- The Washington Times - Sunday, September 1, 2002

6 get death in gang rape

DERA GHAZI KHAN, Pakistan A Pakistani court today sentenced six men to death for the gang rape of a woman on the orders of a traditional village jury.
Defense attorney Mohammed Yaqub said eight other men were acquitted in the trial before a special anti-terrorism court in the Punjab provincial town of Dera Ghazi Khan. Mukhtar Mai, the 30-year-old victim, was not present when the court announced the decision.
She said she had gone to the jury after her 12-year-old brother was kidnapped and sodomized by members of Mastoi family as a punishment for having an illicit affair with one of their relatives.
Mr. Yaqub said four men were sentenced to death for committing the rape and two others were sentenced for serving on the village jury that authorized the crime. All six also were ordered to pay a fine of $675, he said.

Malaysia halts migrant evictions
SANDAKAN, Malaysia The Malaysian government announced yesterday it would temporarily stop expelling illegal Filipino immigrants and let Philippine officials inspect deportation camps in a bid to defuse tensions over reported mistreatment at the camps.
Malaysia's monthlong crackdown on illegal immigrants threatening them with caning, fines or imprisonment has led about 300,000 migrants to leave and sparked flag-burning protests in Indonesia and the Philippines, home to most of the migrants.
Some deportees complained of overcrowding and inadequate food and water, and 27 Indonesian deaths and three Philippine deaths were blamed on conditions during deportation.

Germany refuses to release evidence
BERLIN Germany has told the United States it will withhold evidence against September 11 conspiracy defendant Zacarias Moussaoui unless it receives assurances that the material won't be used to secure a death penalty against him, Justice Minister Herta Daeubler-Gmelin said in an interview with the Der Spiegel news weekly.
Investigators suspect Moussaoui, who is awaiting trial in Virginia on charges of conspiracy to commit terrorism and murder federal employees, was training to become the pilot of one of the airliners hijacked for the attacks when he was arrested.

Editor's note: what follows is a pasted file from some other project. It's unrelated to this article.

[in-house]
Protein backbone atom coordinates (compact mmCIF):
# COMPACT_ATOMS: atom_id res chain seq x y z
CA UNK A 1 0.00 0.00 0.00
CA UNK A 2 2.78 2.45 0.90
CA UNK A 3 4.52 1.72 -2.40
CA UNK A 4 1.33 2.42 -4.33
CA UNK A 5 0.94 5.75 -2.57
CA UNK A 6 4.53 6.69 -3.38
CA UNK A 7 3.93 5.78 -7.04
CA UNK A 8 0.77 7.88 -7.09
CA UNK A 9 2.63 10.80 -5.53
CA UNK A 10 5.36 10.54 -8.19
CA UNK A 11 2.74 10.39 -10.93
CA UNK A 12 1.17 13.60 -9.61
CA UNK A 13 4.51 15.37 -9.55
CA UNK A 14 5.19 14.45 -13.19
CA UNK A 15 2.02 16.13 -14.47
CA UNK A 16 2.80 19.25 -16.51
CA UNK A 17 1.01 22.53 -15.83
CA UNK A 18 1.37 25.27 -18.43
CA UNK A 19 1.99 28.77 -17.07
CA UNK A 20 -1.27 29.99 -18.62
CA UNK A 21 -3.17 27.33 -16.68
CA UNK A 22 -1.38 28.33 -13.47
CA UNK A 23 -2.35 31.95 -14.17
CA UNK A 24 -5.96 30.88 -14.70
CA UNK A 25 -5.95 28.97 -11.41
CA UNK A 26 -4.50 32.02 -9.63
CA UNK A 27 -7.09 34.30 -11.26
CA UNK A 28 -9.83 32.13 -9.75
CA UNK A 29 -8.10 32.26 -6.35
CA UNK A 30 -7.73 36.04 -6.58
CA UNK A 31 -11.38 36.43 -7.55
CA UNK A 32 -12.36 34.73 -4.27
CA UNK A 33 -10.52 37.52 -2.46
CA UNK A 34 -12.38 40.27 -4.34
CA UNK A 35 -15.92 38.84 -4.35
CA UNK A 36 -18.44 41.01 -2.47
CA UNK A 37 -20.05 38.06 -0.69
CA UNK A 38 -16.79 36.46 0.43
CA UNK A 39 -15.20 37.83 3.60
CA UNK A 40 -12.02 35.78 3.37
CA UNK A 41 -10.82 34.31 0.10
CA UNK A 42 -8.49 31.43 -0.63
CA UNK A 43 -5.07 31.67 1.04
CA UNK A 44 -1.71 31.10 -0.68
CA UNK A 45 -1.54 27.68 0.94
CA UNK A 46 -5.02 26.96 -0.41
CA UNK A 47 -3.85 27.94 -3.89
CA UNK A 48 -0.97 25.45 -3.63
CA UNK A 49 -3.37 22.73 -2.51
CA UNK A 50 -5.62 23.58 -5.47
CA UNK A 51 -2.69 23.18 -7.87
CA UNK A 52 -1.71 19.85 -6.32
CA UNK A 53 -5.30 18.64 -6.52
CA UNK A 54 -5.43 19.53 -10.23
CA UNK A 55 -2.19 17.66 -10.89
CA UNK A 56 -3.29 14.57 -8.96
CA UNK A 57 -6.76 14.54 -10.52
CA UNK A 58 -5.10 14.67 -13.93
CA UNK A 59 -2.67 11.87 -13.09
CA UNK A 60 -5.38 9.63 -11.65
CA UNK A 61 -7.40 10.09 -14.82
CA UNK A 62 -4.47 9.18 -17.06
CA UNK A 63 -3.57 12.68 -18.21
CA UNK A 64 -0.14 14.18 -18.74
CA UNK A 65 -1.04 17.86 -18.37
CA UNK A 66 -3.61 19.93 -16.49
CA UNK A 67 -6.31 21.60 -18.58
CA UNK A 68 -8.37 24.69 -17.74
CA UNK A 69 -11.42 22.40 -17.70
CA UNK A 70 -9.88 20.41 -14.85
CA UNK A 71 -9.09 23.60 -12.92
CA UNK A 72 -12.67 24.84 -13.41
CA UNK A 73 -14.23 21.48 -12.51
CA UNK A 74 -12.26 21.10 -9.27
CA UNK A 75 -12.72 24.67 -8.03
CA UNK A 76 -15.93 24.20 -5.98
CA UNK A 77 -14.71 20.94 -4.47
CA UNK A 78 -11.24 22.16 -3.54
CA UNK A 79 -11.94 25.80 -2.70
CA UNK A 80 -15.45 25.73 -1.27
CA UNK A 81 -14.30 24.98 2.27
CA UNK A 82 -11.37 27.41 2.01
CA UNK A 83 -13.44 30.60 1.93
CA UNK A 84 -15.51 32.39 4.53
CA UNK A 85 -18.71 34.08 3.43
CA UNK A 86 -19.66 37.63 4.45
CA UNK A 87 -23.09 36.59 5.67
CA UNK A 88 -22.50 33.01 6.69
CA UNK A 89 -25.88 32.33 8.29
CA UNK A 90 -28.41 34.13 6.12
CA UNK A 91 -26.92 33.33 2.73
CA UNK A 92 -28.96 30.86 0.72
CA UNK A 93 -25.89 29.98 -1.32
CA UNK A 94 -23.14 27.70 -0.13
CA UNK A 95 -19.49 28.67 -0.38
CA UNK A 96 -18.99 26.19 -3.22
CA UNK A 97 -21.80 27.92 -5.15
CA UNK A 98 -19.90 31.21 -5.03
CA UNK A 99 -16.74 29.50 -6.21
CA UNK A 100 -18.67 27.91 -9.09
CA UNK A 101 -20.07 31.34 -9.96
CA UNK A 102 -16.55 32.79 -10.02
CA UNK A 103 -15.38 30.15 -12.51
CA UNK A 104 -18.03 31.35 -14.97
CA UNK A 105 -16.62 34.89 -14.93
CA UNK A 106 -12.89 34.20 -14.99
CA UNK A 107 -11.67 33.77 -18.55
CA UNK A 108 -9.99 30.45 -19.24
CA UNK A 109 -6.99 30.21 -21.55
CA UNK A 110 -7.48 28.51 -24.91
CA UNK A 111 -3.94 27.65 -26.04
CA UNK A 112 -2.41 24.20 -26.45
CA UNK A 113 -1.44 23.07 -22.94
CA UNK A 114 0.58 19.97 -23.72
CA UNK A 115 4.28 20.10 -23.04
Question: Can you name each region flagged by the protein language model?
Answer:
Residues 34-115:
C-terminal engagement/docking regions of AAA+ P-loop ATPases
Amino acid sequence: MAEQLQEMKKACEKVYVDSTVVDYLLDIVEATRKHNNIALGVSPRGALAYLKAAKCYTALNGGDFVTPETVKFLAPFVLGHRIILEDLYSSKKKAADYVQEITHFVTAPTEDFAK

German prosecutors say he received money for flight school fees from a member of the terrorist group based in the northern city of Hamburg. But the government insists it can't bend laws forbidding the extradition of suspects to countries with the death penalty or supplying evidence that could incriminate someone facing execution.

Gadhafi says Libya not a rogue state
CAIRO Eager to shake off his pariah image, Libyan leader Moammar Gadhafi said yesterday his country is no longer a rogue state and even has detained some Islamists suspected of links with the al Qaeda terror network.
In a two-hour speech on Libyan national television to mark the anniversary of his 1969 coup, Col. Gadhafi condemned the September 11 attacks, saying: "We have never seen such a horrific and terrifying act performed in such an exhibitionist manner."
He said Libya's policy toward the United States and Israel now will follow the policy of the African Union a new grouping of African nations to which Libya belongs.

Zambian police raid ex-president's home
LUSAKA, Zambia Zambian police broke into the home of former President Frederick Chiluba yesterday, saying they were looking for drugs, but his lawyer said all they took away was shredded paper and two licensed firearms.
Police said Mr. Chiluba, a former clergyman who has been out of office only since January, had been dealing in drugs from his home. Mr. Chiluba denied the charge.
The Zambian High Court on Friday upheld a parliamentary decision in July to revoke Mr. Chiluba's immunity from prosecution and charge him with corruption, but a judge suspended the order and gave Mr. Chiluba 30 days to appeal.

Sharif quits election race
ISLAMABAD, Pakistan Exiled former Prime Minister Nawaz Sharif said yesterday he was bowing out of the Oct. 10 elections after officials rejected the nomination of his rival-turned-ally Benazir Bhutto.
Mr. Sharif, who is living in exile in Saudi Arabia, said he was deeply saddened by the rejection of Mrs. Bhutto's nomination papers on Friday and wanted to show solidarity with the people of Sindh, her home province.

Copyright © 2018 The Washington Times, LLC. Click here for reprint permission.

The Washington Times Comment Policy

The Washington Times is switching its third-party commenting system from Disqus to Spot.IM. You will need to either create an account with Spot.im or if you wish to use your Disqus account look under the Conversation for the link "Have a Disqus Account?". Please read our Comment Policy before commenting.

 

Click to Read More and View Comments

Click to Hide